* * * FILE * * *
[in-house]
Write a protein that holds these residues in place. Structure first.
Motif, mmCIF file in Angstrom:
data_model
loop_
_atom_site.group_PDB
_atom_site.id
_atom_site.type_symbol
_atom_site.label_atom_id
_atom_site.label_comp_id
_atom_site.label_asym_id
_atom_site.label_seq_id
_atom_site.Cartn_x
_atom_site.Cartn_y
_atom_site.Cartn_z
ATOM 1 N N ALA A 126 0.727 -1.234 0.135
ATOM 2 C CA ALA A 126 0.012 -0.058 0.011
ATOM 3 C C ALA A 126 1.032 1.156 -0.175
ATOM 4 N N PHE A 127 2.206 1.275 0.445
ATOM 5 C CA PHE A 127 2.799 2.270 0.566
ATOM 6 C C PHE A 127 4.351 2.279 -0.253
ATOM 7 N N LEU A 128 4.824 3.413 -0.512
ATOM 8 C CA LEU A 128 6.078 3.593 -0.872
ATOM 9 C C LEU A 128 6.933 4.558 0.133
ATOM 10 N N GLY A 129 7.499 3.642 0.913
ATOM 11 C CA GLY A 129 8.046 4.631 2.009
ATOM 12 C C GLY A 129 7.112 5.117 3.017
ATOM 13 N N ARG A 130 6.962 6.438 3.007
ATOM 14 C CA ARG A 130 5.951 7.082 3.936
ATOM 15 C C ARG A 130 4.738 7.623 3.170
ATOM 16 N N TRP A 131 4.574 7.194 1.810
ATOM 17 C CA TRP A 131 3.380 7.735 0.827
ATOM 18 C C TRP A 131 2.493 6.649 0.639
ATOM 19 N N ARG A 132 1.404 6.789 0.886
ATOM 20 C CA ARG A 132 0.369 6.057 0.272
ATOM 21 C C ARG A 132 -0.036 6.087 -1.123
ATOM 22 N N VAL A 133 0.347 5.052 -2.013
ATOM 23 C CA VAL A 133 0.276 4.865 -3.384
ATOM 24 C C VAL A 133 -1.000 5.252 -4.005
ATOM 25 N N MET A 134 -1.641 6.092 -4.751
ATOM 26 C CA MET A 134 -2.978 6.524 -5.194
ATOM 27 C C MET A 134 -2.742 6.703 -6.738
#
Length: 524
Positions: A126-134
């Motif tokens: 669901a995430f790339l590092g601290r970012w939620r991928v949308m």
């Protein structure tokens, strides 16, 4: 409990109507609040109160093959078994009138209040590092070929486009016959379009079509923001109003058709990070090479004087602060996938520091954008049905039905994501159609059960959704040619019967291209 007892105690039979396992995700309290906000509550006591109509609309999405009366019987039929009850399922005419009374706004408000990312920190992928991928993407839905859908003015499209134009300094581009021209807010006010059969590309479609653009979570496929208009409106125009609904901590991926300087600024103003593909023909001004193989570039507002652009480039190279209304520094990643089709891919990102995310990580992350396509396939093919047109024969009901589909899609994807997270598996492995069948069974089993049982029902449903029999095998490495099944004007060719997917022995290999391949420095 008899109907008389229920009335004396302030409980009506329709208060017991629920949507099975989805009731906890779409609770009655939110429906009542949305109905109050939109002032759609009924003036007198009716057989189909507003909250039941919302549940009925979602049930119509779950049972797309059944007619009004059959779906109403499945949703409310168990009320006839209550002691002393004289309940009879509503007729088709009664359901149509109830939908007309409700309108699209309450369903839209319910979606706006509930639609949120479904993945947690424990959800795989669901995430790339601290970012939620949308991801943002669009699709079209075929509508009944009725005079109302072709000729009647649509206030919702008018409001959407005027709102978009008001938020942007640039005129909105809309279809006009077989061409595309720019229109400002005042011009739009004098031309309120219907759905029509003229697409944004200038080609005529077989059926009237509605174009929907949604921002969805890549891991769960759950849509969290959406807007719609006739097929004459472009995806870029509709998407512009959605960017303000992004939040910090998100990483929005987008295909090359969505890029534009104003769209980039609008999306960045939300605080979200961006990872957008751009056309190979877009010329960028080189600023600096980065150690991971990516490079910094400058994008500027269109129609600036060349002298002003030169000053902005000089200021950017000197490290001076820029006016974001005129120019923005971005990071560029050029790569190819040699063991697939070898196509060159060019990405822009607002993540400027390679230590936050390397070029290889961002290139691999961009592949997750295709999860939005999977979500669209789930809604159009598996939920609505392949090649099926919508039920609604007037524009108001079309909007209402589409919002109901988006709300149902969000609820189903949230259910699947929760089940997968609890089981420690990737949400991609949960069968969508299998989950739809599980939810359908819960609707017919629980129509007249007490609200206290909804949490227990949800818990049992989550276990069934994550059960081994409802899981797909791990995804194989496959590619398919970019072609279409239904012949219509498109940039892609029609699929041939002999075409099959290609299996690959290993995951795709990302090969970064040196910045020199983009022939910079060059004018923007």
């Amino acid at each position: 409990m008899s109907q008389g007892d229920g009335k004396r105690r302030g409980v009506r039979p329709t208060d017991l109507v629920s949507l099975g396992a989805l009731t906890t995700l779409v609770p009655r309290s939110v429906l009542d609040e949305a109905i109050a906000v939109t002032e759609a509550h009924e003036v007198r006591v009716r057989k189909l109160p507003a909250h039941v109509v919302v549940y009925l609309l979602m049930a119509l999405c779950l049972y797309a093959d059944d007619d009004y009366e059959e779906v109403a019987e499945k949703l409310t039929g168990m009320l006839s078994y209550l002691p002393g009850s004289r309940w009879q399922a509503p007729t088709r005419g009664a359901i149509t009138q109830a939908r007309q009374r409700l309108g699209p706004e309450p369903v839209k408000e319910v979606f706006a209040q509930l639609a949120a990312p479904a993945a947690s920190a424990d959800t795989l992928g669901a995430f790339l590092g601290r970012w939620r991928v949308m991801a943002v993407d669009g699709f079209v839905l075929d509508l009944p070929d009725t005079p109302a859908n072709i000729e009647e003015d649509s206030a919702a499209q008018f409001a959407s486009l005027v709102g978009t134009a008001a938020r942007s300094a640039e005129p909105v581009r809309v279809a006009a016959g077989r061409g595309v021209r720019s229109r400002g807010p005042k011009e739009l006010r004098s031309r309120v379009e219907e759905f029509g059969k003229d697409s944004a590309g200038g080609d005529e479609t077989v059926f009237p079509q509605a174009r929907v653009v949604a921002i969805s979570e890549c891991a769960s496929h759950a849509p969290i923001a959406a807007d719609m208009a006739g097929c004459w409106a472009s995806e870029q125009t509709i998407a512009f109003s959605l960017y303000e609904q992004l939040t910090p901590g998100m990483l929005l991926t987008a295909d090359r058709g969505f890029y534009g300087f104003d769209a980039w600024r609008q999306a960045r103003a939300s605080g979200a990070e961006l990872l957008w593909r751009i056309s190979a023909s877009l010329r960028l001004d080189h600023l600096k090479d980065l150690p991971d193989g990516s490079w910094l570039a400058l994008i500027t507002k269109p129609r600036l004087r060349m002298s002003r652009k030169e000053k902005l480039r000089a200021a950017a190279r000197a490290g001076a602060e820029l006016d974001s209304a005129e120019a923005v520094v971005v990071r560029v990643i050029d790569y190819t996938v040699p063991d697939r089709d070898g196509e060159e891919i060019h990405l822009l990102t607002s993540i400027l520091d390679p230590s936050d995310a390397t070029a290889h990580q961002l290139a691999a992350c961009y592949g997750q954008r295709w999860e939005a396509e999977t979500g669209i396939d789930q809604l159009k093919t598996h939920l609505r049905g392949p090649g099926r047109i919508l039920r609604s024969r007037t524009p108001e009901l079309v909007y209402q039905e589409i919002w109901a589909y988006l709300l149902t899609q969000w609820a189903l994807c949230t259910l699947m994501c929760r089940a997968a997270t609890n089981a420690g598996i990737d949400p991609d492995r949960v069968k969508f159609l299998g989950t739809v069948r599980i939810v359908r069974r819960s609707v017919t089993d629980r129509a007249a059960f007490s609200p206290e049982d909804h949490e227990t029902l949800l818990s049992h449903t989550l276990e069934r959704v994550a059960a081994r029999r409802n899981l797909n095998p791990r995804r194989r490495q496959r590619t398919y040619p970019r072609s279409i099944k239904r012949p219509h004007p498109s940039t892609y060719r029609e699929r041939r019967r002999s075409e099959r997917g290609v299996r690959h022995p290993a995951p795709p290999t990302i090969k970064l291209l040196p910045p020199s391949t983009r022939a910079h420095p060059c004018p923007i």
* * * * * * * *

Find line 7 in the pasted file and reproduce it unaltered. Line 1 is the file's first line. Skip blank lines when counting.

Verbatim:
_atom_site.id